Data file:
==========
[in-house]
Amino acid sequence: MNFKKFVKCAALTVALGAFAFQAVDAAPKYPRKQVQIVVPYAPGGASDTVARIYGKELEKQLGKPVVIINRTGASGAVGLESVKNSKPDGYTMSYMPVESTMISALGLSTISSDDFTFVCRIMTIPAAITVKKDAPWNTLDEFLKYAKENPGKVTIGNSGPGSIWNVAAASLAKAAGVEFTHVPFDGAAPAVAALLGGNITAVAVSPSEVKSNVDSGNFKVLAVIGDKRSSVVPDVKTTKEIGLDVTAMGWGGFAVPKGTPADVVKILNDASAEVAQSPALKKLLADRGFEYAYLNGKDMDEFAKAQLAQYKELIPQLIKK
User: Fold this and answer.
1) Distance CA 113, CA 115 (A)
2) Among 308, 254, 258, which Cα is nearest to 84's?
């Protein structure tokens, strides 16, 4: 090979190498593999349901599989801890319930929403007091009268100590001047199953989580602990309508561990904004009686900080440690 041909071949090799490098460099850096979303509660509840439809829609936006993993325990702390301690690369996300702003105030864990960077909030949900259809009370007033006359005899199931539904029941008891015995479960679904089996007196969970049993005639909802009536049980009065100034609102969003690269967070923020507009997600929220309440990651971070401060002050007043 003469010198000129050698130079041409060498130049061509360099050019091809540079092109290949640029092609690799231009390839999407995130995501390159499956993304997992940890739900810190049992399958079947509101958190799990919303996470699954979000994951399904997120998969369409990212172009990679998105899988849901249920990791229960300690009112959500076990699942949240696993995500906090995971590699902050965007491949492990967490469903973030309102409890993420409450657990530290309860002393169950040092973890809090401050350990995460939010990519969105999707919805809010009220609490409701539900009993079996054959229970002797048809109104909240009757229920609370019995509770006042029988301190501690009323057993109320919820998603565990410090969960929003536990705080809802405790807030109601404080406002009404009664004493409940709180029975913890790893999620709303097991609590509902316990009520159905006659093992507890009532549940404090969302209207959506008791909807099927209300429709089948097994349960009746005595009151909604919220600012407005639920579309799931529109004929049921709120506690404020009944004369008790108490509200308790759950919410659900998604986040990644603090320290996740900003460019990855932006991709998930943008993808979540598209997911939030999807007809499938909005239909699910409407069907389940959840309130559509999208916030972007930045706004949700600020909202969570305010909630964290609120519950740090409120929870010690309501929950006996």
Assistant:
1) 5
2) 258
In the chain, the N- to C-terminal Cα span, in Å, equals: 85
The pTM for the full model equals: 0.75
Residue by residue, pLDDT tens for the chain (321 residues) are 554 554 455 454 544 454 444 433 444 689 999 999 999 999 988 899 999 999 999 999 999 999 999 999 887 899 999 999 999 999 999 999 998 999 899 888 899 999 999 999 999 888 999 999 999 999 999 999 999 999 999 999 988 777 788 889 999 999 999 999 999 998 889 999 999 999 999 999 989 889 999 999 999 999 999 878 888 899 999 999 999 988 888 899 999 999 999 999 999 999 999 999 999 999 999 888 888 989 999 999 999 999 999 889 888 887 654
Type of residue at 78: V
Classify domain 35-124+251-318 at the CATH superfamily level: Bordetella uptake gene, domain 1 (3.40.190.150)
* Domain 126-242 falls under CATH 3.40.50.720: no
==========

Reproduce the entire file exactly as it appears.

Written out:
[in-house]
Amino acid sequence: MNFKKFVKCAALTVALGAFAFQAVDAAPKYPRKQVQIVVPYAPGGASDTVARIYGKELEKQLGKPVVIINRTGASGAVGLESVKNSKPDGYTMSYMPVESTMISALGLSTISSDDFTFVCRIMTIPAAITVKKDAPWNTLDEFLKYAKENPGKVTIGNSGPGSIWNVAAASLAKAAGVEFTHVPFDGAAPAVAALLGGNITAVAVSPSEVKSNVDSGNFKVLAVIGDKRSSVVPDVKTTKEIGLDVTAMGWGGFAVPKGTPADVVKILNDASAEVAQSPALKKLLADRGFEYAYLNGKDMDEFAKAQLAQYKELIPQLIKK
User: Fold this and answer.
1) Distance CA 113, CA 115 (A)
2) Among 308, 254, 258, which Cα is nearest to 84's?
């Protein structure tokens, strides 16, 4: 090979190498593999349901599989801890319930929403007091009268100590001047199953989580602990309508561990904004009686900080440690 041909071949090799490098460099850096979303509660509840439809829609936006993993325990702390301690690369996300702003105030864990960077909030949900259809009370007033006359005899199931539904029941008891015995479960679904089996007196969970049993005639909802009536049980009065100034609102969003690269967070923020507009997600929220309440990651971070401060002050007043 003469010198000129050698130079041409060498130049061509360099050019091809540079092109290949640029092609690799231009390839999407995130995501390159499956993304997992940890739900810190049992399958079947509101958190799990919303996470699954979000994951399904997120998969369409990212172009990679998105899988849901249920990791229960300690009112959500076990699942949240696993995500906090995971590699902050965007491949492990967490469903973030309102409890993420409450657990530290309860002393169950040092973890809090401050350990995460939010990519969105999707919805809010009220609490409701539900009993079996054959229970002797048809109104909240009757229920609370019995509770006042029988301190501690009323057993109320919820998603565990410090969960929003536990705080809802405790807030109601404080406002009404009664004493409940709180029975913890790893999620709303097991609590509902316990009520159905006659093992507890009532549940404090969302209207959506008791909807099927209300429709089948097994349960009746005595009151909604919220600012407005639920579309799931529109004929049921709120506690404020009944004369008790108490509200308790759950919410659900998604986040990644603090320290996740900003460019990855932006991709998930943008993808979540598209997911939030999807007809499938909005239909699910409407069907389940959840309130559509999208916030972007930045706004949700600020909202969570305010909630964290609120519950740090409120929870010690309501929950006996």
Assistant:
1) 5
2) 258
In the chain, the N- to C-terminal Cα span, in Å, equals: 85
The pTM for the full model equals: 0.75
Residue by residue, pLDDT tens for the chain (321 residues) are 554 554 455 454 544 454 444 433 444 689 999 999 999 999 988 899 999 999 999 999 999 999 999 999 887 899 999 999 999 999 999 999 998 999 899 888 899 999 999 999 999 888 999 999 999 999 999 999 999 999 999 999 988 777 788 889 999 999 999 999 999 998 889 999 999 999 999 999 989 889 999 999 999 999 999 878 888 899 999 999 999 988 888 899 999 999 999 999 999 999 999 999 999 999 999 888 888 989 999 999 999 999 999 889 888 887 654
Type of residue at 78: V
Classify domain 35-124+251-318 at the CATH superfamily level: Bordetella uptake gene, domain 1 (3.40.190.150)
* Domain 126-242 falls under CATH 3.40.50.720: no